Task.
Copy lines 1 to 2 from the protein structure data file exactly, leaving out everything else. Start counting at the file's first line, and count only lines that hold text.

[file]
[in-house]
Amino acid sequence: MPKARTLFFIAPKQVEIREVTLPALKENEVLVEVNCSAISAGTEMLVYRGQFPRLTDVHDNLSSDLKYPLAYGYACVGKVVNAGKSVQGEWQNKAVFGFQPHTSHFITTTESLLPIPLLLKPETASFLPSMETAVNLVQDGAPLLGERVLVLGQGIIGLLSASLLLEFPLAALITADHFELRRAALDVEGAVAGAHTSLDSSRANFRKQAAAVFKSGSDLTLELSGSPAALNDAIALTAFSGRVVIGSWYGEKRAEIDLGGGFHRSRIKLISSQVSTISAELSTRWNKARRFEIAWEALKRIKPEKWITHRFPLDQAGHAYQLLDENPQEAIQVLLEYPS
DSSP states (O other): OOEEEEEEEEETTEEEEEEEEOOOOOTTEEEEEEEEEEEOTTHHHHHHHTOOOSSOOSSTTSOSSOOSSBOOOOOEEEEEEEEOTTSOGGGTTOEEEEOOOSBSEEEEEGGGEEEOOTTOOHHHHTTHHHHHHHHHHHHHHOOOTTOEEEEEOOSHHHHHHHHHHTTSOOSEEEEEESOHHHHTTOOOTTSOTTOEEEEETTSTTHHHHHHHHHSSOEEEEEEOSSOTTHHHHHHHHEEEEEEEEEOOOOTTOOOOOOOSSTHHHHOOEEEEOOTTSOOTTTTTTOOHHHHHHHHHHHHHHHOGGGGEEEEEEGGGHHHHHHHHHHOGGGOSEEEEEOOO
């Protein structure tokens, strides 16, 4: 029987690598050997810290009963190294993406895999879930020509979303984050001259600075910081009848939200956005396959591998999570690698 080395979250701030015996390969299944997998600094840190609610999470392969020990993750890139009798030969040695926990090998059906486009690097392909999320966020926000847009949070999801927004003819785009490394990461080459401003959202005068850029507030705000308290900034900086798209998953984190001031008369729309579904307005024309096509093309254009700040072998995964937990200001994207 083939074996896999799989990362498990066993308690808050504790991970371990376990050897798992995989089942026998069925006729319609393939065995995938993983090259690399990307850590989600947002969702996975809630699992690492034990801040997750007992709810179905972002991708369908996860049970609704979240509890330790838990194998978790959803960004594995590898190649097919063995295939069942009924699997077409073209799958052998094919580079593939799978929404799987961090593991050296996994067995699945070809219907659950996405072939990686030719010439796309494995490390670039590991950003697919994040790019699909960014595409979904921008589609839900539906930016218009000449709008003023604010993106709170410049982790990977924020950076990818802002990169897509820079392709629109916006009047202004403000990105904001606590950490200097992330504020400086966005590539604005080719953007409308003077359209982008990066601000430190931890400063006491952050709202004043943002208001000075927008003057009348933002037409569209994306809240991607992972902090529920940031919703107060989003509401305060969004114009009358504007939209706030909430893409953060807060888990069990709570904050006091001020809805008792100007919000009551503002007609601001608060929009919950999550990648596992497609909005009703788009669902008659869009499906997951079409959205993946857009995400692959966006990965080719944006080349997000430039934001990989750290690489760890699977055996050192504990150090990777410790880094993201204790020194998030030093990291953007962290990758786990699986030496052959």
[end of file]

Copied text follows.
[in-house]
Amino acid sequence: MPKARTLFFIAPKQVEIREVTLPALKENEVLVEVNCSAISAGTEMLVYRGQFPRLTDVHDNLSSDLKYPLAYGYACVGKVVNAGKSVQGEWQNKAVFGFQPHTSHFITTTESLLPIPLLLKPETASFLPSMETAVNLVQDGAPLLGERVLVLGQGIIGLLSASLLLEFPLAALITADHFELRRAALDVEGAVAGAHTSLDSSRANFRKQAAAVFKSGSDLTLELSGSPAALNDAIALTAFSGRVVIGSWYGEKRAEIDLGGGFHRSRIKLISSQVSTISAELSTRWNKARRFEIAWEALKRIKPEKWITHRFPLDQAGHAYQLLDENPQEAIQVLLEYPS